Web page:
miR-375 expression in cohort 2. (A) Box plots comparing the relative expression of miR-375 in 25 samples from normal colon mucosa and 63 primary MSS stage I–IV CRCs (T2-4, N0-3, M0/1)×Minimum and maximum outliers. (B) The miR-375 expression in individual samples. The expression was measured in triplicates using RT-qPCR and normalized to RNU44. The red bars shows the mean in the normal mucosa (N)(mean = 4.7) and the tumors (T)(mean = 1.0).

https://doi.org/10.1371/journal.pone.0096767.s005

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Figure S6.

Association of TCF4 with chromatin in the genomic region of miR-375 using ChIP followed by qPCR. MYC 3′enhancer region (3′enh) = positive control region and Myo ex2 = negative control region. The CD58 antibody was used as a negative control.

https://doi.org/10.1371/journal.pone.0096767.s006

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Figure S7.

Ingenuity pathway analysis of genes affected by miR-375 over-expression. Biological functions significantly associated with altered intracellular levels of miR-375 in HCT116 cells 48 h post transfection. Only mRNAs demonstrating p-values<0.05 and log2 ratios <−0.5 or >0.5 (1236 genes) (A) or <−1.0 or >1.0 (206 genes) (B), comparing miR-375 and Scr transfected cells, were included in the analyses. Threshold: p = 0.05. The analyses were based on knowledge from all species, all tissues, and all data sources.

https://doi.org/10.1371/journal.pone.0096767.s007

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Figure S8.

Ago2 immunoprecipitation from cell lysates of miR-375 or Scr transfected cells. (A) RT-qPCR expression analysis of miR-375 in the cell lysates (input) used for Ago2 immunoprecipitation. (B) Ago2 immuneprecipitation from the cell lysates (IP) followed by miR-375 expression analysis using RT-qPCR. Immunoprecipitation with a FLAG antibody was used as negative control. A 1∶1 ratio of the lysates from miR-375 and Scr transfected cells was used for FLAG immunoprecipitation. The columns represent the mean of 3 replicates ± sd.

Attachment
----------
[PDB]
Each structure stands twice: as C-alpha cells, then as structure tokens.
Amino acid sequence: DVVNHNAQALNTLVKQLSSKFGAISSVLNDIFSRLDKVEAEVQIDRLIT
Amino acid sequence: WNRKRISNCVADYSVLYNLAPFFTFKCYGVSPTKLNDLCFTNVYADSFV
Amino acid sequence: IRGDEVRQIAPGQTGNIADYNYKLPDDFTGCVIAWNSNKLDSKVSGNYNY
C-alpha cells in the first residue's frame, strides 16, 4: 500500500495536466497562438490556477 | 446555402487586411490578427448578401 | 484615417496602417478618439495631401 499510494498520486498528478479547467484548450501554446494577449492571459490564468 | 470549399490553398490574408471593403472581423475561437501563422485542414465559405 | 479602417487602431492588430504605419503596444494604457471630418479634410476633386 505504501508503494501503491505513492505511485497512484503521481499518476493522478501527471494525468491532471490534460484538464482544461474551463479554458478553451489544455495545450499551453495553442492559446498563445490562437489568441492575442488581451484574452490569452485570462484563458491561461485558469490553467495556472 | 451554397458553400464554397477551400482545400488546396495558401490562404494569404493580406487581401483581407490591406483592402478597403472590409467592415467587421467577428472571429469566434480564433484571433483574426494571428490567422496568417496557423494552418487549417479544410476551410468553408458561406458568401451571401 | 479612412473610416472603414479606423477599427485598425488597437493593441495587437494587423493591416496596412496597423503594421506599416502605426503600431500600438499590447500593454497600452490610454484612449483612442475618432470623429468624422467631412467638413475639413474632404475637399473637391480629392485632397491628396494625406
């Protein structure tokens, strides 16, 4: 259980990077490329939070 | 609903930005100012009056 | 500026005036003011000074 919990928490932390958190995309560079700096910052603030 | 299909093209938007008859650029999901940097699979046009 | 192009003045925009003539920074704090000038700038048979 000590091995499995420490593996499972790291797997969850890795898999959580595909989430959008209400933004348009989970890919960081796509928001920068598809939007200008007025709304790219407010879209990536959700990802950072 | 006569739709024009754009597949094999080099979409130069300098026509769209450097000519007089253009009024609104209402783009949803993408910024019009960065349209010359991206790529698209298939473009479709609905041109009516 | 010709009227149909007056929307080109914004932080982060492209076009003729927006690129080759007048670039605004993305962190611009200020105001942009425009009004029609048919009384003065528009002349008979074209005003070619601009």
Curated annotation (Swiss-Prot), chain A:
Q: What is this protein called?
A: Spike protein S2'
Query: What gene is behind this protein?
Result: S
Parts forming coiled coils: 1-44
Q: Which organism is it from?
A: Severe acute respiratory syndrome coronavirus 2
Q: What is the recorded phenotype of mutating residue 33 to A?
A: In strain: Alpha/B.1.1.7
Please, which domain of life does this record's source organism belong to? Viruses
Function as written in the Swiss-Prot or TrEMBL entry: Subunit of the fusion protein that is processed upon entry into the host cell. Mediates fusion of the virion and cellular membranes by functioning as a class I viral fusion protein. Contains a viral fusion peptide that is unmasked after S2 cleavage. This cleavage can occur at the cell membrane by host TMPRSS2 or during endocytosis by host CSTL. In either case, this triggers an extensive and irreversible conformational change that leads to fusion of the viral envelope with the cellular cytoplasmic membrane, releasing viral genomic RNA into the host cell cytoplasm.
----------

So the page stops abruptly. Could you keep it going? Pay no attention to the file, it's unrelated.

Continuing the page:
https://doi.org/10.1371/journal.pone.0096767.s008

(PDF)

Acknowledgments

We are especially grateful to Inge-Lis Thorsen, Pamela Celis, Gitte Høj and Susanne Bruun for skillful technical assistance. We would also like to thank Jesper Bramsen for designing the siRNA for YAP1 knock-down. This work was supported by the Danish National Advanced Technology Foundation, the John and Birthe Meyer Foundation, the Danish Council for Independent Research (Medical Sciences), the Danish Council for Strategic Research, the Lundbeck Foundation and The European Union's Seventh Framework Program (SYSCOL HEALTH-F5-2010-258236). The Danish Cancer Biobank (DCB) is acknowledged for biological material and for information regarding handling and storage.

Author Contributions

Conceived and designed the experiments: LLC AH JR OK MHR MO FDH BØ TS HT EMR KH TFØ CLA. Performed the experiments: LLC AH JR MHR FDH HT BØ EMR. Analyzed the data: LLC AH JR MHR MO FDH BØ TS KT PL EMR KH CLA. Contributed reagents/materials/analysis tools: PG OMS TH AJ JL RHM SL. Wrote the paper: LLC CLA TFØ.